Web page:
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The Rambam, in his introduction to the Mishna (and Oral Law in general) explains that the definitions of the Mitzvos were passed down from Moshe Rabbeinu, and there are no arguments on these. In this category is our interpretation of the פרי עץ הדר as the Esrog, that Shechita means the slaughter as we know it, that מלאכה on Shabbos means the 39 tasks, and the many details of the Succah.

There are also many issues and scenarios that came up after Moshe Rabbeinu, and it is impossible to fit any and all scenarios into any book or scroll. But Moshe gave us the tools to deal with these. There are thirteen methods of extrapolation that were passed down and we used these methods to deal with the new questions that arose over time. Since these are derived by us there will be differences of opinion of what exactly to learn from the verses. The differences are minute since the methods we use are the same. But it is unavoidable to have slightly different outcomes depending on different perspectives.

The Rambam explains that in early times, when the students spent much time with their rabbis, they would even pick up their attitude and perspective to the extent that there would be no argument among the students when attackingtackling new issues. They would all view it the same, with the perspective that was passed on to them.

Although we have these differences of opinion, the Talmud in Chagiga (3b) tells us:

Should a man say: How in these circumstances shall I learn Torah? Therefore the text says: ‘All of them are given from one Shepherd’. One God gave them; one leader uttered them from the mouth of the Lord of all creation, blessed be He; for it is written: (Exodus 20:1) ‘And God spoke all these words’.

The Tanna DeBei Eliyahu (c. 2) likens the relationship of Oral Law and Written Law to a case of a king who gave his servants wheat along with bundles of flax. Those who were smart made fine table cloths from the flax and loafsloaves of bread with the wheat and welcomed the king proudly when he came to check up on them.

The same goes for the Torah. We were given the original laws and the rules by which to extrapolate their details and application. With these we produce many volumes of law and thought, all directly based on what we learned and received. There is no outside input. We aren't introducing any ideas outside the framework of the tools which were passed down.

To sum this all up, Oral Law includes those laws which are directly passed down, and those laws which were derived using the tools which were passed down.

Another category is the rabbinic law. These are the rulings of Gezeiros, or boundaries, in which the rabbis decreed certain things in order to round out the biblical laws. This means that at times something might be technically permitted but to the untrained eye it seems no different from what is actually prohibited. In these cases the rabbis outlawed the likeness of the biblical prohibition. Other rabbinic prohibitions are to keep people away from scenarios that would have them easily sin with or without noticing.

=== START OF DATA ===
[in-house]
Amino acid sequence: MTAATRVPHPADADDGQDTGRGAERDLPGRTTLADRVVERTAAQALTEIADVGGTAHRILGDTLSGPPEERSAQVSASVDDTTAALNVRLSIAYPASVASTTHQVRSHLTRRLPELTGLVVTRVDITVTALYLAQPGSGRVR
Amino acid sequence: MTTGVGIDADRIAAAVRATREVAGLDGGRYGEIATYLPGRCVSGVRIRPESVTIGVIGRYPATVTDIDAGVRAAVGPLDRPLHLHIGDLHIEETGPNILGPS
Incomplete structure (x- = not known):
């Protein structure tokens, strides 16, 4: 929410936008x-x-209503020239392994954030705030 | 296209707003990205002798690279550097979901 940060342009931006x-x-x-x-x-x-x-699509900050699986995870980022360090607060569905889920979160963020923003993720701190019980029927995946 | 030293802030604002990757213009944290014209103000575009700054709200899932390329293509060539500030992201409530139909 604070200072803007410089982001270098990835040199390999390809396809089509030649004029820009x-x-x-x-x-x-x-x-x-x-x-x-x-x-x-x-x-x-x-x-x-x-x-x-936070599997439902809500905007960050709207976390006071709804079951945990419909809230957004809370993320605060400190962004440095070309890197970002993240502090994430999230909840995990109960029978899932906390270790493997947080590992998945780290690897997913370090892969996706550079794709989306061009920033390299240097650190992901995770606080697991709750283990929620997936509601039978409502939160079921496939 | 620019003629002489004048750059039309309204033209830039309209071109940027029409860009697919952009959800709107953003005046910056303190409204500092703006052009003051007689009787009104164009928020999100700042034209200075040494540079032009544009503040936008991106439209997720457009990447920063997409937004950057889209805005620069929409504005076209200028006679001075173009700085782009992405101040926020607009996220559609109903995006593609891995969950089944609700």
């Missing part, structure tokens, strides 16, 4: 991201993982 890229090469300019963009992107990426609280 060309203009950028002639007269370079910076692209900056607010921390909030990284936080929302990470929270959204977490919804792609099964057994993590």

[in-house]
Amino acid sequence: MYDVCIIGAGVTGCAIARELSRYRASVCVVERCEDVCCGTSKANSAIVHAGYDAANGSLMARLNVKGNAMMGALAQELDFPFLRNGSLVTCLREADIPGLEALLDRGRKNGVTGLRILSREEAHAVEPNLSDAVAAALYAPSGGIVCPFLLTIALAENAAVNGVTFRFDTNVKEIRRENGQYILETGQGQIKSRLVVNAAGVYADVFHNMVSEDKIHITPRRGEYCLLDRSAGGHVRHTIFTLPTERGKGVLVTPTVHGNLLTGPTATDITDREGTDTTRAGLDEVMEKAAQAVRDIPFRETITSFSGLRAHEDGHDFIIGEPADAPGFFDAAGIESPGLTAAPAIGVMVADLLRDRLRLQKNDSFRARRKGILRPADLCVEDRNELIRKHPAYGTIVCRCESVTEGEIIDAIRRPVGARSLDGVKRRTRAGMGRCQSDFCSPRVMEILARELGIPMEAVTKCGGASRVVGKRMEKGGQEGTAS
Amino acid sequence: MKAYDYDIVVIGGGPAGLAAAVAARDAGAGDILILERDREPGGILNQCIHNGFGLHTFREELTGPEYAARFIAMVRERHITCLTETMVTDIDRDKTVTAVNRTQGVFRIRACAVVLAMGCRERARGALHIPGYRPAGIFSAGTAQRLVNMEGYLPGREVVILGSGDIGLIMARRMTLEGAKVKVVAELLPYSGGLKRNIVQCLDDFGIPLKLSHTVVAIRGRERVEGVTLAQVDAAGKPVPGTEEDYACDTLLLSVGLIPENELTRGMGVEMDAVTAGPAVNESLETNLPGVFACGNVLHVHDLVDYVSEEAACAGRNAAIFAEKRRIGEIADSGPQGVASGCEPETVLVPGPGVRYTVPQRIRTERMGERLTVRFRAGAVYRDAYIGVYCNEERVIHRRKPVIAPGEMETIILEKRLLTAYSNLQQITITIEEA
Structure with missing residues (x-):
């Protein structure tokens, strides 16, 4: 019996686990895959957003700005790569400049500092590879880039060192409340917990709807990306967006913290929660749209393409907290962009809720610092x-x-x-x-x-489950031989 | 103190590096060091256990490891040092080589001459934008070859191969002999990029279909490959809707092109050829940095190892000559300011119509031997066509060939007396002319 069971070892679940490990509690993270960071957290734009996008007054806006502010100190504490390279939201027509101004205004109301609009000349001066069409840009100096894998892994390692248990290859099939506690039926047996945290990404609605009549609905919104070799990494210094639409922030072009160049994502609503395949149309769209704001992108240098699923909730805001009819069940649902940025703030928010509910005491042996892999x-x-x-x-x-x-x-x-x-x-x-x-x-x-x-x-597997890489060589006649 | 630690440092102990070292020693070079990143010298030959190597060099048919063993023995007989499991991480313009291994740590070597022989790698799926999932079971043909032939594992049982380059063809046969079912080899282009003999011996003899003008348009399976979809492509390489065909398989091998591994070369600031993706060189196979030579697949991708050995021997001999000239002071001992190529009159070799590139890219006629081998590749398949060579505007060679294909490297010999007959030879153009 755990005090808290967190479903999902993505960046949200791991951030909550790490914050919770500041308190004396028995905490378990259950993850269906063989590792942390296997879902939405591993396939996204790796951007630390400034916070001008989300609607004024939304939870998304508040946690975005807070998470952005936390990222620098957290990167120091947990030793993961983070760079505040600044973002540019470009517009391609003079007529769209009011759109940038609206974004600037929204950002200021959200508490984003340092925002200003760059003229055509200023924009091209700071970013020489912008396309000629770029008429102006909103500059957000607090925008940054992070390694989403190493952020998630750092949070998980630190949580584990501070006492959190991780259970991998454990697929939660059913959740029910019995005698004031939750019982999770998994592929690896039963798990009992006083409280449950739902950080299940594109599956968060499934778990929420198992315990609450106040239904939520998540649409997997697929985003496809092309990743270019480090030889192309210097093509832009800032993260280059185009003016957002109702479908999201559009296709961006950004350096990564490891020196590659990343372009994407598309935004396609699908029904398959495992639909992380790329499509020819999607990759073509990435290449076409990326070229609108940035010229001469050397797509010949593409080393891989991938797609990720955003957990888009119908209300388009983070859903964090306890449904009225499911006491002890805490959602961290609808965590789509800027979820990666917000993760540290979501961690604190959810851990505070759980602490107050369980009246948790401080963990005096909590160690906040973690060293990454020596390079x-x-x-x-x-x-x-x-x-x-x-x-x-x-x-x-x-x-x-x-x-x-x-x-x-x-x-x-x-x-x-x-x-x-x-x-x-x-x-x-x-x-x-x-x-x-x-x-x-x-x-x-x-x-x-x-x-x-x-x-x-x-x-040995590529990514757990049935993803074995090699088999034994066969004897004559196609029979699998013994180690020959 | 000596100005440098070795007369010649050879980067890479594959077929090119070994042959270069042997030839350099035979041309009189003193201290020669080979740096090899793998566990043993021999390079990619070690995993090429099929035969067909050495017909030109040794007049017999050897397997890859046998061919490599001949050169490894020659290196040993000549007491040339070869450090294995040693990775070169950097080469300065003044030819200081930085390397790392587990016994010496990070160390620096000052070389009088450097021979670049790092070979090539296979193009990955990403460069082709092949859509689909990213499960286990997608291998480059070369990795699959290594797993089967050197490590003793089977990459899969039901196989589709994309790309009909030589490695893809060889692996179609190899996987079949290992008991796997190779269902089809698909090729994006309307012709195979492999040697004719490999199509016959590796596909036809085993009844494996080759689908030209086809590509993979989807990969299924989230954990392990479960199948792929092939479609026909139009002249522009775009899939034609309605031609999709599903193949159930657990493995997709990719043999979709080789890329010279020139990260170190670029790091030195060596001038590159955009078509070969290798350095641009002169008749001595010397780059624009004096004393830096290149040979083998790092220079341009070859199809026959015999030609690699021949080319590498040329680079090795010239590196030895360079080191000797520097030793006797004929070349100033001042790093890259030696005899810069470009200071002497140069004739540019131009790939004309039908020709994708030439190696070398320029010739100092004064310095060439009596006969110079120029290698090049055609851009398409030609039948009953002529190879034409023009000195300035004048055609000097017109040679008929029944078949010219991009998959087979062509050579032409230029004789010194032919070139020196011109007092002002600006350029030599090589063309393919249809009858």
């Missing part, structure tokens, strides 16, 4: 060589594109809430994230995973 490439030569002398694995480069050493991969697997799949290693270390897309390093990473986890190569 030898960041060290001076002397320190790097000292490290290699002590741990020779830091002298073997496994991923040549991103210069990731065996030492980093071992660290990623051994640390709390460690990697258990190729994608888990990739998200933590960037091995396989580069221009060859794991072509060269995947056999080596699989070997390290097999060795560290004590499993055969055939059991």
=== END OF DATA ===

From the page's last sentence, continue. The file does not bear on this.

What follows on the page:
These too are actually fulfilling the tradition and are based on their understanding of a situation and what they learned about the role of leaders in enforcing the Torah and making it accessible to all.

Along these lines, the early Great Assembly, the Anshei Knesses Hagedolah, codified and formulated the format of the prayers. Prayer itself is a biblical requirement but its format and timing is rabbinic. But this is all part of Oral Law.

The Rambam, in his introduction to the Mishna (and Oral Law in general) explains that the definitions of the Mitzvos were passed down from Moshe Rabbeinu, and there are no arguments on these. In this category is our interpretation of the פרי עץ הדר as the Esrog, that Shechita means the slaughter as we know it, that מלאכה on Shabbos means the 39 tasks, and the many details of the Succah.

There are also many issues and scenarios that came up after Moshe Rabbeinu, and it is impossible to fit any and all scenarios into any book or scroll. But Moshe gave us the tools to deal with these. There are thirteen methods of extrapolation that were passed down and we used these methods to deal with the new questions that arose over time. Since these are derived by us there will be differences of opinion of what exactly to learn from the verses. The differences are minute since the methods we use are the same. But it is unavoidable to have slightly different outcomes depending on different perspectives.